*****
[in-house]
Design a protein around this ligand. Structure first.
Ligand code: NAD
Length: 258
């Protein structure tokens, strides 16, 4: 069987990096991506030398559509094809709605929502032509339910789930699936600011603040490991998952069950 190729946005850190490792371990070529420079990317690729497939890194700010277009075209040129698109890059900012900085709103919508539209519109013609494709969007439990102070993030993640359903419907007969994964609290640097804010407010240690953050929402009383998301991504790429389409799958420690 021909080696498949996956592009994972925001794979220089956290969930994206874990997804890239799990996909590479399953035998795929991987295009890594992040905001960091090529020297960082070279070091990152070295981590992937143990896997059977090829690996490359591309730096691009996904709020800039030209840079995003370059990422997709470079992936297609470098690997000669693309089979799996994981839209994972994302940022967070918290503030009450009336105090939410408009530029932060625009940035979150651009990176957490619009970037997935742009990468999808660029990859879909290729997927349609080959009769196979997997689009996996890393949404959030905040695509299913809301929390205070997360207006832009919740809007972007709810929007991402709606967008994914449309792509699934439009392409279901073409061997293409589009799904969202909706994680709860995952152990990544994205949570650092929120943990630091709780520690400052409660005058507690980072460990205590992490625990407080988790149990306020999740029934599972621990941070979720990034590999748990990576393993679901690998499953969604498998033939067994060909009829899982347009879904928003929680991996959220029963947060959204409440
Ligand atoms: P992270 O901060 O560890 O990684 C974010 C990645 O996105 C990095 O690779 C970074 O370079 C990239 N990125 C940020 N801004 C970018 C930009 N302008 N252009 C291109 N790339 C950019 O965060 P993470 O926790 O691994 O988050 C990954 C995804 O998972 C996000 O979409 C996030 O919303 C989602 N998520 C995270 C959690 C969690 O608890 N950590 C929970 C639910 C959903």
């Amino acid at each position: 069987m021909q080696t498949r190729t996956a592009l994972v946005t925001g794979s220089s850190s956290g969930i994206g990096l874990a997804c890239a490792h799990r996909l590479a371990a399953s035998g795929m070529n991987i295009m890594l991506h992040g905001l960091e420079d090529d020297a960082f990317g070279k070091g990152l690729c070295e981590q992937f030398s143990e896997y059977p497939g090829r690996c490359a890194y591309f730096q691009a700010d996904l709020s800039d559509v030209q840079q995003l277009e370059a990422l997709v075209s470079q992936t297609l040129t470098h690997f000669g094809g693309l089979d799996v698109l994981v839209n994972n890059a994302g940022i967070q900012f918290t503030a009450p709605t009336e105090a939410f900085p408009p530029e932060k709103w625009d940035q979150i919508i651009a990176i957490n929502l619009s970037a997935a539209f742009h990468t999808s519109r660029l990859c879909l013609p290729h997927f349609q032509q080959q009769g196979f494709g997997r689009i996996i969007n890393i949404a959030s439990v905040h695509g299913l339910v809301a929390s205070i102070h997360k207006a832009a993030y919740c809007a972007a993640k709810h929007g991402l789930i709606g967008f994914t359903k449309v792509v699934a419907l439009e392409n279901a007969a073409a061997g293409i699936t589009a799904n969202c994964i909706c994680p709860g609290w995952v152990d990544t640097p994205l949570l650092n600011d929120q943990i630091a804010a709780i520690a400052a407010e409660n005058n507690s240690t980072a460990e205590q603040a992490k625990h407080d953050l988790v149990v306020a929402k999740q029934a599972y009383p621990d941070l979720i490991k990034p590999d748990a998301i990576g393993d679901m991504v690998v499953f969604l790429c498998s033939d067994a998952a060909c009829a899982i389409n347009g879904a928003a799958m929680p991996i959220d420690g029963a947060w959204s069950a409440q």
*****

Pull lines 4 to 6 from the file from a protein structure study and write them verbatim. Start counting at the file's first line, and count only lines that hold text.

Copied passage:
Length: 258
């Protein structure tokens, strides 16, 4: 069987990096991506030398559509094809709605929502032509339910789930699936600011603040490991998952069950 190729946005850190490792371990070529420079990317690729497939890194700010277009075209040129698109890059900012900085709103919508539209519109013609494709969007439990102070993030993640359903419907007969994964609290640097804010407010240690953050929402009383998301991504790429389409799958420690 021909080696498949996956592009994972925001794979220089956290969930994206874990997804890239799990996909590479399953035998795929991987295009890594992040905001960091090529020297960082070279070091990152070295981590992937143990896997059977090829690996490359591309730096691009996904709020800039030209840079995003370059990422997709470079992936297609470098690997000669693309089979799996994981839209994972994302940022967070918290503030009450009336105090939410408009530029932060625009940035979150651009990176957490619009970037997935742009990468999808660029990859879909290729997927349609080959009769196979997997689009996996890393949404959030905040695509299913809301929390205070997360207006832009919740809007972007709810929007991402709606967008994914449309792509699934439009392409279901073409061997293409589009799904969202909706994680709860995952152990990544994205949570650092929120943990630091709780520690400052409660005058507690980072460990205590992490625990407080988790149990306020999740029934599972621990941070979720990034590999748990990576393993679901690998499953969604498998033939067994060909009829899982347009879904928003929680991996959220029963947060959204409440
Ligand atoms: P992270 O901060 O560890 O990684 C974010 C990645 O996105 C990095 O690779 C970074 O370079 C990239 N990125 C940020 N801004 C970018 C930009 N302008 N252009 C291109 N790339 C950019 O965060 P993470 O926790 O691994 O988050 C990954 C995804 O998972 C996000 O979409 C996030 O919303 C989602 N998520 C995270 C959690 C969690 O608890 N950590 C929970 C639910 C959903």